White powder scares on the rise in Florida
While recent local incidents involving white powder appear to signal an increase in these type of incidents, the number has remained constant at approximately 300 incidents per year nationally since 2008, according to statistics from the FBI. Recent incidents have occurred at the state attorney's office and the home of Vice President Joe Biden's brother, the Palm Beach Post reports.
"The ones recently are a little more high-profile," Ray Carter, the Boynton Beach fire rescue chief, said, according to the Palm Beach Post. "So they attract a little more attention. People have their guard up and they should, rightfully so, because you never know when that white powder is going to be something significant."
While a few of the incidents are deliberate threats or hoaxes, most of them are harmless and unintended.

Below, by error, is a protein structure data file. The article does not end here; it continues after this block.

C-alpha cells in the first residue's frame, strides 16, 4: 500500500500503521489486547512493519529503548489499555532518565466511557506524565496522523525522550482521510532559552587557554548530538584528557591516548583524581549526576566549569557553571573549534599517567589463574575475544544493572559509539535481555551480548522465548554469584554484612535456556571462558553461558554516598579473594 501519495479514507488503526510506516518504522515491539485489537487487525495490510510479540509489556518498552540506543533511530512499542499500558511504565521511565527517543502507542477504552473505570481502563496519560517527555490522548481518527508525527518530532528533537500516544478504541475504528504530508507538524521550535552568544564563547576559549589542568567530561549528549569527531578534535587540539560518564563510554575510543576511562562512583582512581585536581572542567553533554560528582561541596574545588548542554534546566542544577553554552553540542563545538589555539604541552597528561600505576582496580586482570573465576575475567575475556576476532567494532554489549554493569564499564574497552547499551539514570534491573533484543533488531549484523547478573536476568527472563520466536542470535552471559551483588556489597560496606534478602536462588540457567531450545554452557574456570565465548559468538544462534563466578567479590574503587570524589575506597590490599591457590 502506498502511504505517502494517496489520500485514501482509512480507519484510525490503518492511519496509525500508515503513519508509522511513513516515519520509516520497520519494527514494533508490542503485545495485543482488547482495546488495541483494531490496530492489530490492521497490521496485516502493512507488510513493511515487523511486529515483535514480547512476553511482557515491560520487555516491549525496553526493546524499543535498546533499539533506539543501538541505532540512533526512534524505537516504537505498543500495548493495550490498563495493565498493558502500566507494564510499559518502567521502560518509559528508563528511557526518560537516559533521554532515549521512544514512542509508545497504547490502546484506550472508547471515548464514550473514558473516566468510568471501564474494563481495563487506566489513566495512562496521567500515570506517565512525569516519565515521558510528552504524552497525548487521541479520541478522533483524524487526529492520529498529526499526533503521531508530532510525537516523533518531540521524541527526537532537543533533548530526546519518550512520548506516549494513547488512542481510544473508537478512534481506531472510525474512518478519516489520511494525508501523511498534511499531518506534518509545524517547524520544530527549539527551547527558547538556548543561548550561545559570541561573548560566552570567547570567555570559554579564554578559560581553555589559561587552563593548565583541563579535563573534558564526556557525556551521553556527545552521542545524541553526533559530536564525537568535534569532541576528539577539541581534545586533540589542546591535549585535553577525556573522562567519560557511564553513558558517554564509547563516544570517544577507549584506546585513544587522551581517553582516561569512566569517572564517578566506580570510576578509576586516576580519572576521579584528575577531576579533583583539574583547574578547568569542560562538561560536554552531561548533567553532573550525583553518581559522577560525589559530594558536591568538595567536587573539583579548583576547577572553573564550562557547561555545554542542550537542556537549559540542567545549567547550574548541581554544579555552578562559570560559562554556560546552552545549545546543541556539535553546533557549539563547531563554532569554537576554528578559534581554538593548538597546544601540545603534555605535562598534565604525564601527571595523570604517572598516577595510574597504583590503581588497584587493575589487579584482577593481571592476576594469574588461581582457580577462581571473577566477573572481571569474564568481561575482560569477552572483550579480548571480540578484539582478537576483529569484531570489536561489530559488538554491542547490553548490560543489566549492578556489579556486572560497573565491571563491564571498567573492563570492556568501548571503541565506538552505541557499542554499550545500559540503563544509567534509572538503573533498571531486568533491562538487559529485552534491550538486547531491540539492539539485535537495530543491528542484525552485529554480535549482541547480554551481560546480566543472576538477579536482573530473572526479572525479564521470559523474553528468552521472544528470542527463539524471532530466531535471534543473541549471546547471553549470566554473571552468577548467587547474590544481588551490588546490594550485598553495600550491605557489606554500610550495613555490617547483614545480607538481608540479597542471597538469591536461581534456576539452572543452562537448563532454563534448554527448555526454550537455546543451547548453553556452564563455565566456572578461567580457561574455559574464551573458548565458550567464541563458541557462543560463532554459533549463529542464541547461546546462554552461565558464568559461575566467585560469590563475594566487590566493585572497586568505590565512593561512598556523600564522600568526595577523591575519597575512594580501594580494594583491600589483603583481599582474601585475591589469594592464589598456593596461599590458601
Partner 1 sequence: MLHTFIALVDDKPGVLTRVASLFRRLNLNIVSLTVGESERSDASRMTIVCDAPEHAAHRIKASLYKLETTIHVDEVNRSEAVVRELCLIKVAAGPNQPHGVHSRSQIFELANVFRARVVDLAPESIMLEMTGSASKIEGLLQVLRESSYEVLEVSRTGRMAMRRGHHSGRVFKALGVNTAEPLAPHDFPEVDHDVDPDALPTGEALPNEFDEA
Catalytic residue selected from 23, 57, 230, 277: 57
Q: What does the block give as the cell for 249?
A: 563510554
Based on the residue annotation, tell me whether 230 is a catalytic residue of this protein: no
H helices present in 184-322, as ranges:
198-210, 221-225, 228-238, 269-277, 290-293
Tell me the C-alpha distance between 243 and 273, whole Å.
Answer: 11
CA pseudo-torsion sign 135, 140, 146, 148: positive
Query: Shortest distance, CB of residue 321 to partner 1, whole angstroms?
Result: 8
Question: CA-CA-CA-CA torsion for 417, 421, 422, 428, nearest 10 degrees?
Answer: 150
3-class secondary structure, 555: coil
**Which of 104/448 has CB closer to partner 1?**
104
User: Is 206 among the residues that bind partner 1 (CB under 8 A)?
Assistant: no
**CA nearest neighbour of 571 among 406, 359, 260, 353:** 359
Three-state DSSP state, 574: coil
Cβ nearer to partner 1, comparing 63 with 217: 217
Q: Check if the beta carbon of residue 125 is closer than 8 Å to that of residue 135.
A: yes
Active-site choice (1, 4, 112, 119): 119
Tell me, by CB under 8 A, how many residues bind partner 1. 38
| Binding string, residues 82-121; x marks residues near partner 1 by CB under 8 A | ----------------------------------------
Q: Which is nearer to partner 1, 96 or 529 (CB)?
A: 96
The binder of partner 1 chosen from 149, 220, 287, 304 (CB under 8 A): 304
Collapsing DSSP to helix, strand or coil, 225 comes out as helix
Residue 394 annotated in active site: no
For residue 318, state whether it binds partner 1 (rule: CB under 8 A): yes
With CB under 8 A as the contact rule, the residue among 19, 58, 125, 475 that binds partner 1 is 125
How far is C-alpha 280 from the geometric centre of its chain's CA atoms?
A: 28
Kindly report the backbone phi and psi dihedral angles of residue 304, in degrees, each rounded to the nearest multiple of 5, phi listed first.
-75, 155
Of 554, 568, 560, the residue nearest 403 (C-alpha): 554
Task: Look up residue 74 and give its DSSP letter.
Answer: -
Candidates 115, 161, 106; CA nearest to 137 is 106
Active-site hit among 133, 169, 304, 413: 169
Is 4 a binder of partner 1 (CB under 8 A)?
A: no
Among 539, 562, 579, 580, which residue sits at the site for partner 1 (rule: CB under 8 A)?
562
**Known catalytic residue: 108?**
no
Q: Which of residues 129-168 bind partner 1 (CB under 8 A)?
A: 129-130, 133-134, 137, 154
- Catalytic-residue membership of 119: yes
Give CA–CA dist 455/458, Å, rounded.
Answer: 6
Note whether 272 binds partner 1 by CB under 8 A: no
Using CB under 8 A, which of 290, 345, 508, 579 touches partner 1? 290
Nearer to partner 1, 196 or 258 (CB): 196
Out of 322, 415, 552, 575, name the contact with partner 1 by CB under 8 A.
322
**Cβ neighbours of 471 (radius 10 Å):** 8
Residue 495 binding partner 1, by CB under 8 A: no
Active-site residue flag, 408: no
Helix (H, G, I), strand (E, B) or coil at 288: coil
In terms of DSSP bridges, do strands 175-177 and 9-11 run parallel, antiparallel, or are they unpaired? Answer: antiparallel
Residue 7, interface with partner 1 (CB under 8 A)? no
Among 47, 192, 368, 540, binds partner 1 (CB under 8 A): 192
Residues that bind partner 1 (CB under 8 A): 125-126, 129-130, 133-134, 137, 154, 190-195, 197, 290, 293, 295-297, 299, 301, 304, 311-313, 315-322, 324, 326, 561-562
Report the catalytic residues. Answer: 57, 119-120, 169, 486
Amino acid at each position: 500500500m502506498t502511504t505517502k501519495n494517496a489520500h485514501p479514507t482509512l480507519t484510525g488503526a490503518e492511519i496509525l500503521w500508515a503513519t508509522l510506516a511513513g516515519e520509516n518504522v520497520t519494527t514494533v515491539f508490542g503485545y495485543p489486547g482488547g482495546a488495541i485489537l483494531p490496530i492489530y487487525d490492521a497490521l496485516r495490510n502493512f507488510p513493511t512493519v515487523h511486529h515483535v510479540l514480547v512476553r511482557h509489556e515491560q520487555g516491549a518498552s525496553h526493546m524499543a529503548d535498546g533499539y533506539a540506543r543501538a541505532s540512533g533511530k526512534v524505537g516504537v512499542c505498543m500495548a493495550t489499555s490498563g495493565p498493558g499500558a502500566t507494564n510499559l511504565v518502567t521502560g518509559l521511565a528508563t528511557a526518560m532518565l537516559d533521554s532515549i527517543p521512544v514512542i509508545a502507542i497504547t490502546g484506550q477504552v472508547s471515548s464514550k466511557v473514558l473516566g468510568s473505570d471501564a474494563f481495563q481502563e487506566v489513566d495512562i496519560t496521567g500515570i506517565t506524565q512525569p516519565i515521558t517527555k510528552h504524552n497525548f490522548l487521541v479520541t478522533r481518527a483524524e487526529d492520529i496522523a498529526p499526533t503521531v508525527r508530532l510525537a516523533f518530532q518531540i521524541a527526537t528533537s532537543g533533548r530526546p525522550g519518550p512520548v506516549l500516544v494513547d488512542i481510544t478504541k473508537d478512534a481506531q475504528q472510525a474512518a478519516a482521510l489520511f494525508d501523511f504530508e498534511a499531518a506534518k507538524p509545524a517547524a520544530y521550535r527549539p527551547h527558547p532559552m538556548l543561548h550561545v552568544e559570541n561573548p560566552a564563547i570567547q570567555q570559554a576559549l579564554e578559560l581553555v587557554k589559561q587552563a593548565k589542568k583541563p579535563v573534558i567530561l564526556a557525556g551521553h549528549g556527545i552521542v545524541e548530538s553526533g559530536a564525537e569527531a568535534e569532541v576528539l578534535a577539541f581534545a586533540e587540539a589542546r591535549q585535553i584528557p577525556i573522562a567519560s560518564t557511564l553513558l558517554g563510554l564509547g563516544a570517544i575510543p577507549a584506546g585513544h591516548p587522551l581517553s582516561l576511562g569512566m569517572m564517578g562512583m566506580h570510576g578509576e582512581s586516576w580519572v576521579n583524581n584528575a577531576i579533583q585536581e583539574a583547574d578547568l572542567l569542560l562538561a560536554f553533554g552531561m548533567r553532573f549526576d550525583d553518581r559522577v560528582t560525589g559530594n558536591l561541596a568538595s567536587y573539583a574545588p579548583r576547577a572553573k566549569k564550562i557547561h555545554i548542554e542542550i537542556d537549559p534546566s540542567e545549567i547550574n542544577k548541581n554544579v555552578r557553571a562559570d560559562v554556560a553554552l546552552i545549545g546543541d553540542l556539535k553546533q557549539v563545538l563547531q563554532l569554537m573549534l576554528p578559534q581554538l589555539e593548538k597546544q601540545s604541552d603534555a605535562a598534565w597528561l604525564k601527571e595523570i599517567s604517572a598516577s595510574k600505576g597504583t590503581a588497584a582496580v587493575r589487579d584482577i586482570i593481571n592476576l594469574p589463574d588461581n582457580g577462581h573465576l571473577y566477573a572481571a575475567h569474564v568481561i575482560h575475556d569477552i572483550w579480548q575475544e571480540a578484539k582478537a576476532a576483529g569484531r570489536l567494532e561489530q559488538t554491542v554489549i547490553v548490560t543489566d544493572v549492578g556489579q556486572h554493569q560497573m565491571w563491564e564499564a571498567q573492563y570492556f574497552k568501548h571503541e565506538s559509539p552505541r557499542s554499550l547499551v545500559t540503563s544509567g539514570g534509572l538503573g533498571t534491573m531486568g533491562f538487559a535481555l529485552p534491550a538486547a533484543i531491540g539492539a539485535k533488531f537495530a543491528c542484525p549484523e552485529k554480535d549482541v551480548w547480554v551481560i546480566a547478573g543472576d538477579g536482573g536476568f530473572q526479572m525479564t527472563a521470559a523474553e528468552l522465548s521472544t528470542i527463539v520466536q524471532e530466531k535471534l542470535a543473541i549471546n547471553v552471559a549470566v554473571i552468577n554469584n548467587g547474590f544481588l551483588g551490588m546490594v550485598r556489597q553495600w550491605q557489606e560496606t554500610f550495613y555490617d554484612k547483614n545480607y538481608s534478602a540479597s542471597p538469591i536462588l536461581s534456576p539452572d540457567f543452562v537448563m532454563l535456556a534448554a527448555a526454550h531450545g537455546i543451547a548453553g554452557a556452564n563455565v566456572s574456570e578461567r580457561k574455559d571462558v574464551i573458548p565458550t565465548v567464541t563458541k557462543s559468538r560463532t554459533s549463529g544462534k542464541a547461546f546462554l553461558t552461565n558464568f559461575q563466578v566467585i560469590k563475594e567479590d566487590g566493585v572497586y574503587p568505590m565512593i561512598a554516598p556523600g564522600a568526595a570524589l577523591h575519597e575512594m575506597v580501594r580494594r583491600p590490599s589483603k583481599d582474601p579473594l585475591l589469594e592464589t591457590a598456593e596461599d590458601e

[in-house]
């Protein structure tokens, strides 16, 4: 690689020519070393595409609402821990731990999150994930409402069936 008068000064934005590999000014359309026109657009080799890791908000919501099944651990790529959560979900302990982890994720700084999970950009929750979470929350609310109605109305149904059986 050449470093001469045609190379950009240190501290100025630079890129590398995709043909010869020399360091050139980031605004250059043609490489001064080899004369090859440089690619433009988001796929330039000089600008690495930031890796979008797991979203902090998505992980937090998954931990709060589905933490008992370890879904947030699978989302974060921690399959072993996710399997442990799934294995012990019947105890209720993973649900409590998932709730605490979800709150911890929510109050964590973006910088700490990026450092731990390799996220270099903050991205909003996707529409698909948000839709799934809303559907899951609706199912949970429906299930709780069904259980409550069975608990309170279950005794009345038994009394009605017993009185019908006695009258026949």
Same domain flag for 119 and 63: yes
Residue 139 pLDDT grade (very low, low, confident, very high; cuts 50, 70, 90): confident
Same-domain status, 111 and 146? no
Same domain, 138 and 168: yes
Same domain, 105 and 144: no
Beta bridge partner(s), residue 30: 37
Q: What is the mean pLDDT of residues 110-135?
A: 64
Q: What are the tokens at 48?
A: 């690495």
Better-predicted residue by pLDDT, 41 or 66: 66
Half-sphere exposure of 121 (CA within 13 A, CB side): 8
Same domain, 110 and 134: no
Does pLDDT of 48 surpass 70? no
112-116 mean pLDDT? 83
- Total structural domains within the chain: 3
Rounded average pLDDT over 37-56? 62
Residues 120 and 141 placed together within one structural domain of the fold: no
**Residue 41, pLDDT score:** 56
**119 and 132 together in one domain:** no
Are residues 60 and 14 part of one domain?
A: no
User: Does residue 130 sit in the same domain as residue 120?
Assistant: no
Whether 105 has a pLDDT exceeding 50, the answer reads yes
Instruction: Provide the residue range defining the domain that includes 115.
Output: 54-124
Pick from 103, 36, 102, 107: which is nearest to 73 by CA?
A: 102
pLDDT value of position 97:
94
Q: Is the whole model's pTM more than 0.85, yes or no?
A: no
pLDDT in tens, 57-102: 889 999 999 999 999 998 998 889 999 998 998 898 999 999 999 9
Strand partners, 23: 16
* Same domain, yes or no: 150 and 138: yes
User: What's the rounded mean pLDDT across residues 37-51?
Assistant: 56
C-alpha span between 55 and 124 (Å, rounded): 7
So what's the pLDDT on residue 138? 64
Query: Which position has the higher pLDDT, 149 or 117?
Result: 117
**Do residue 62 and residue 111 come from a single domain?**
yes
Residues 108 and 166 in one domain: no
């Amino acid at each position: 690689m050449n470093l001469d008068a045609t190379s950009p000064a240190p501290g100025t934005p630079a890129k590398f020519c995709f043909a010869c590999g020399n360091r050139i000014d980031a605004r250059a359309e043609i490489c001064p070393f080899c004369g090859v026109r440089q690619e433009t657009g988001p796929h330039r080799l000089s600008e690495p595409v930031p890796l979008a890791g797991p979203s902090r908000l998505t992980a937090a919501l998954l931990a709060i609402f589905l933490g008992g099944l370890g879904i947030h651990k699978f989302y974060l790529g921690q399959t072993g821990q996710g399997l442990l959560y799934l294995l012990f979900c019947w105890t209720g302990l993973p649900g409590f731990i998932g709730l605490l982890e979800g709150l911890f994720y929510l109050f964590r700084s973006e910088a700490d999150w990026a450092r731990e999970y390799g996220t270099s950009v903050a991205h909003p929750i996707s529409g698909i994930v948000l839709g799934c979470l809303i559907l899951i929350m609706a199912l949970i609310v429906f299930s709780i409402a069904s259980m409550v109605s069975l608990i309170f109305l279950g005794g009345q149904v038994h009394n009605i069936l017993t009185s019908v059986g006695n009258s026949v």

"Sometimes they're marketing mailers sending out a sample of some type of free product to people and it happens to be a light powder," Mark Anderson, a battalion chief with Palm Beach County Fire Rescue, said, according to the Palm Beach Post. "And there you have a white powder and nobody knows how it got there."
The public began reporting white powder everywhere and hoaxers began taking advantage after the October 5, 2001, anthrax attack that left the Boca Raton-based American Media Inc. photo editor Bob Stevens dead.
"That became the next type of threat you could do," Allan Ortman, the director of West Palm Beach's Division of Emergency Management, said, according to the Palm Beach Post. "It's become the new bomb threat."
Authorities are hopeful that the reports of white powder will decline as the public learns how to take precautions when carrying powdery substances.
"Whether it be coffee creamer, talcum powder, baby powder, just use common sense," Capt. Don DeLucia, a spokesman for the county fire-rescue department, said, the Palm Beach Post reports.